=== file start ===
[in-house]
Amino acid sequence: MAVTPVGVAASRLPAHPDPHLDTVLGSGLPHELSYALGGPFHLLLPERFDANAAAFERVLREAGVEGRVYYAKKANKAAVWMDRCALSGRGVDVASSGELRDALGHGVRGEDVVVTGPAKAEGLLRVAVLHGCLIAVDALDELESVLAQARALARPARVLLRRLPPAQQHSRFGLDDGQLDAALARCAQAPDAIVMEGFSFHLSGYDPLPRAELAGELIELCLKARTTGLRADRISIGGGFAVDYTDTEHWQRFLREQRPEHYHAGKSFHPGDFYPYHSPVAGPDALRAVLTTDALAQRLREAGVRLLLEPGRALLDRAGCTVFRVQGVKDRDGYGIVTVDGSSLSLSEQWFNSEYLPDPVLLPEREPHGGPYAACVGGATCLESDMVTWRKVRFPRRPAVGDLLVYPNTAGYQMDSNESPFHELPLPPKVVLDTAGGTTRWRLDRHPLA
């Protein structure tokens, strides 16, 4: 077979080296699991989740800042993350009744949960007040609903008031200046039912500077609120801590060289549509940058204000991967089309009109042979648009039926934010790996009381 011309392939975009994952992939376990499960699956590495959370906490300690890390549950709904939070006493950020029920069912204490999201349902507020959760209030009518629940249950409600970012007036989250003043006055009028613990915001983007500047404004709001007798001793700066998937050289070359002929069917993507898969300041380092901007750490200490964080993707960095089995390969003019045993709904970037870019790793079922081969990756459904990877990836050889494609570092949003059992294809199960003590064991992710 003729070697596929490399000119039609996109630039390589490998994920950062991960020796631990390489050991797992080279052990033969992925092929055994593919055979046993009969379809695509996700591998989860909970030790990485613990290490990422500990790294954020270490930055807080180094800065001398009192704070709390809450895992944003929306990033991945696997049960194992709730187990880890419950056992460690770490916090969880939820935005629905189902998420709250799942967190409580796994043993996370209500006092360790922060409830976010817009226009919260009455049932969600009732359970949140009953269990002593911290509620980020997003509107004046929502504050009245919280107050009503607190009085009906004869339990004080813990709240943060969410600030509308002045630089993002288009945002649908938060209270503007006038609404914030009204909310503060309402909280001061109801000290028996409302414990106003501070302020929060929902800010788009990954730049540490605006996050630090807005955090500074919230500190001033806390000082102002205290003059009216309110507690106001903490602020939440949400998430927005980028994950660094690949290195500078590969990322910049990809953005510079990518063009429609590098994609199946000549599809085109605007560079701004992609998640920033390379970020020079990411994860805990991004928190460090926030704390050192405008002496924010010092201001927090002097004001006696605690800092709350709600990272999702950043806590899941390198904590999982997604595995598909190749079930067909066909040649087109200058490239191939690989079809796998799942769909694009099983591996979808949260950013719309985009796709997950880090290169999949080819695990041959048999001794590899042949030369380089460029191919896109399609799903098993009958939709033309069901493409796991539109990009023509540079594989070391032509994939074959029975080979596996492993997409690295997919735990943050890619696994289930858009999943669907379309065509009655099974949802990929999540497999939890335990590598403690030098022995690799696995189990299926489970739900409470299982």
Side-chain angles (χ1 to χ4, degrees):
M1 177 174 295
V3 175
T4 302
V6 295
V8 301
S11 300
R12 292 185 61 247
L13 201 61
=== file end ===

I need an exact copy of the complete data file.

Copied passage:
[in-house]
Amino acid sequence: MAVTPVGVAASRLPAHPDPHLDTVLGSGLPHELSYALGGPFHLLLPERFDANAAAFERVLREAGVEGRVYYAKKANKAAVWMDRCALSGRGVDVASSGELRDALGHGVRGEDVVVTGPAKAEGLLRVAVLHGCLIAVDALDELESVLAQARALARPARVLLRRLPPAQQHSRFGLDDGQLDAALARCAQAPDAIVMEGFSFHLSGYDPLPRAELAGELIELCLKARTTGLRADRISIGGGFAVDYTDTEHWQRFLREQRPEHYHAGKSFHPGDFYPYHSPVAGPDALRAVLTTDALAQRLREAGVRLLLEPGRALLDRAGCTVFRVQGVKDRDGYGIVTVDGSSLSLSEQWFNSEYLPDPVLLPEREPHGGPYAACVGGATCLESDMVTWRKVRFPRRPAVGDLLVYPNTAGYQMDSNESPFHELPLPPKVVLDTAGGTTRWRLDRHPLA
């Protein structure tokens, strides 16, 4: 077979080296699991989740800042993350009744949960007040609903008031200046039912500077609120801590060289549509940058204000991967089309009109042979648009039926934010790996009381 011309392939975009994952992939376990499960699956590495959370906490300690890390549950709904939070006493950020029920069912204490999201349902507020959760209030009518629940249950409600970012007036989250003043006055009028613990915001983007500047404004709001007798001793700066998937050289070359002929069917993507898969300041380092901007750490200490964080993707960095089995390969003019045993709904970037870019790793079922081969990756459904990877990836050889494609570092949003059992294809199960003590064991992710 003729070697596929490399000119039609996109630039390589490998994920950062991960020796631990390489050991797992080279052990033969992925092929055994593919055979046993009969379809695509996700591998989860909970030790990485613990290490990422500990790294954020270490930055807080180094800065001398009192704070709390809450895992944003929306990033991945696997049960194992709730187990880890419950056992460690770490916090969880939820935005629905189902998420709250799942967190409580796994043993996370209500006092360790922060409830976010817009226009919260009455049932969600009732359970949140009953269990002593911290509620980020997003509107004046929502504050009245919280107050009503607190009085009906004869339990004080813990709240943060969410600030509308002045630089993002288009945002649908938060209270503007006038609404914030009204909310503060309402909280001061109801000290028996409302414990106003501070302020929060929902800010788009990954730049540490605006996050630090807005955090500074919230500190001033806390000082102002205290003059009216309110507690106001903490602020939440949400998430927005980028994950660094690949290195500078590969990322910049990809953005510079990518063009429609590098994609199946000549599809085109605007560079701004992609998640920033390379970020020079990411994860805990991004928190460090926030704390050192405008002496924010010092201001927090002097004001006696605690800092709350709600990272999702950043806590899941390198904590999982997604595995598909190749079930067909066909040649087109200058490239191939690989079809796998799942769909694009099983591996979808949260950013719309985009796709997950880090290169999949080819695990041959048999001794590899042949030369380089460029191919896109399609799903098993009958939709033309069901493409796991539109990009023509540079594989070391032509994939074959029975080979596996492993997409690295997919735990943050890619696994289930858009999943669907379309065509009655099974949802990929999540497999939890335990590598403690030098022995690799696995189990299926489970739900409470299982």
Side-chain angles (χ1 to χ4, degrees):
M1 177 174 295
V3 175
T4 302
V6 295
V8 301
S11 300
R12 292 185 61 247
L13 201 61